Paulo Coelho was born in Rio de Janeiro, Brazil, and attended a Jesuit school. At 17, Coelho’s parents committed him to a mental institution from which he escaped three times before being released at the age of 20. Coelho later remarked that “It wasn’t that they wanted to hurt me, but they didn’t know what to do… They did not do that to destroy me, they did that to save me.” At his parents’ wishes, Coelho enrolled in law school and abandoned his dream of becoming a writer. One year later, he dropped out and lived life as a hippie, traveling through South America, North Africa, Mexico, and Europe and started using drugs in the 1960s.

Upon his return to Brazil, Coelho worked as a songwriter, composing lyrics for Elis Regina, Rita Lee, and Brazilian icon Raul Seixas. Composing with Raul led to Coelho being associated with magic and occultism, due to the content of some songs. He is often accused that these songs were rip-offs of foreign songs not well known in Brazil at the time. In 1974, by his account, he was arrested for “subversive” activities and tortured by the ruling military government, who had taken power ten years earlier and viewed his lyrics as left-wing and dangerous. Coelho also worked as an actor, journalist and theatre director before pursuing his writing career.

Coelho married artist Christina Oiticica in 1980. Together they had previously spent half the year in Rio de Janeiro and the other half in a country house in the Pyrenees Mountains of France, but now the couple reside permanently in Geneva, Switzerland.

In 1986 Coelho walked the 500-plus mile Road of Santiago de Compostela in northwestern Spain. On the path, he had a spiritual awakening, which he described autobiographically in The Pilgrimage. In an interview, Coelho stated “[In 1986], I was very happy in the things I was doing. I was doing something that gave me food and water – to use the metaphor in The Alchemist, I was working, I had a person whom I loved, I had money, but I was not fulfilling my dream. My dream was, and still is, to be a writer.” Coelho would leave his lucrative career as a songwriter and pursue writing full-time.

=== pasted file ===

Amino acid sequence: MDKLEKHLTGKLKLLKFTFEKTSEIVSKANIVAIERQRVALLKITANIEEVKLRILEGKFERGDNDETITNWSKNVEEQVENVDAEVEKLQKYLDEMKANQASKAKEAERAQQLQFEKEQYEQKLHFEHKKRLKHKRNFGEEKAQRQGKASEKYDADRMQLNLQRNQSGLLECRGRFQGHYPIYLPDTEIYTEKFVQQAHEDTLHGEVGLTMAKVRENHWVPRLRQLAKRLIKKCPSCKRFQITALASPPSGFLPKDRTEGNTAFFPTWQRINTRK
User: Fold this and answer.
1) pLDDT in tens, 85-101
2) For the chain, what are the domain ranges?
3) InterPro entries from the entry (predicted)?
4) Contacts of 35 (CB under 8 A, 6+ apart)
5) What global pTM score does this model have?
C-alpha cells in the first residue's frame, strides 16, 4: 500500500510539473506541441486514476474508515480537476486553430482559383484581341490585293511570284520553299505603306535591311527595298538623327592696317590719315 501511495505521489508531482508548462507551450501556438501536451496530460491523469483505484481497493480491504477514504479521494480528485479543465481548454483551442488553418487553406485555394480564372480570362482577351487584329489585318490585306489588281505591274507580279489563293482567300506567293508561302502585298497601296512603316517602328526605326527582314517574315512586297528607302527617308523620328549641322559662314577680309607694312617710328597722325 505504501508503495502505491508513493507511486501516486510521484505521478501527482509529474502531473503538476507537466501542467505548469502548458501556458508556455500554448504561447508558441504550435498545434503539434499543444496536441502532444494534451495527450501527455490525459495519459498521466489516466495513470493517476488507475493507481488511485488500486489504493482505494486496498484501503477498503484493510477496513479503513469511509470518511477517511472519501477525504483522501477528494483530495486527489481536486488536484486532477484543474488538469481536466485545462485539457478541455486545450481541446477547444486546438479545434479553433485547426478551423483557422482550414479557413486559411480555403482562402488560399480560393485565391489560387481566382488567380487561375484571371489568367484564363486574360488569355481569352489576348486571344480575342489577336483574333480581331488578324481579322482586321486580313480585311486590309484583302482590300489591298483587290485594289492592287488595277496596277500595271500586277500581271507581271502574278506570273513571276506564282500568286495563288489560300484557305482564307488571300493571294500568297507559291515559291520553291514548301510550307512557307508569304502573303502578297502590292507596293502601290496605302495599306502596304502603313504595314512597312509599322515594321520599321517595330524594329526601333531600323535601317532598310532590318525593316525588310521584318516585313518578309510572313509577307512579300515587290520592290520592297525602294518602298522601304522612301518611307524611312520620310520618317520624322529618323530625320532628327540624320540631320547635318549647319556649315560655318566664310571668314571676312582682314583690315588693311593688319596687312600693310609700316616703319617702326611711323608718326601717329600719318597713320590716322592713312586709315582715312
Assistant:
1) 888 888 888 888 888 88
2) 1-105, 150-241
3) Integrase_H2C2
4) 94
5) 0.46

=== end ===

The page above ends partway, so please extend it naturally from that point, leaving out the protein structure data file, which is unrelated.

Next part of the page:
The Pilgrim – Story of Paulo Coelho is the international title for the biographical film Não Pare na Pista, a co-production between Brazil’s Drama Films and the Spanish Babel Films, in which the younger and older Coelho are played by two different actors. One of the producers, Iôna de Macêdo, told Screen International: “The film tells the story of a man who has a dream. It’s a little like Alice in Wonderland – he’s someone who is too big for his house.” The film, shot in Portuguese, had its premiere in Brazilian theaters in 2014 and was internationally distributed in 2015.

Read more about the author and a complete list of his books: https://en.wikipedia.org/wiki/Paulo_Coelho

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Book & Product Reviews · Philosophy

The Subtle Art Of Not Giving A F*ck

Overview

Well here we go again, another book making use of the word Fuck. You might remember another book review I did on Unfu*ck Yourself by Gary John Bishop. This book The Subtle Art Of Not Giving A Fuck by Mark Manson was a book I read partially a couple years ago. More recently I ran into a review of this book on YouTube by the author and decided to give it another try. It turns out this book is pretty good and kind of got me out of a funk I was feeling.

Don’t let the title fool you, it’s not about meandering your way through life and not giving a shit about anything, far from it. One of the key messages is stop giving a fuck about everything. When you give a fuck about all the little things in life, you lose focus on what is really important. The author encourages you to seek out your values and ruthlessly give a fuck about them, but stop giving a fuck about all the other bullshit that is occurring around you. In the span of a few sentences I have said the “F” word way too many times. Let’s take this in another direction and substitute care for fuck.

These values may relate to some aspect of your work, spending more time with your family, a hobby your are passionate about, or anything you consider important, with the caveat that it cannot be everything. That’s the problem if you care about everything you drive yourself and everyone around you crazy.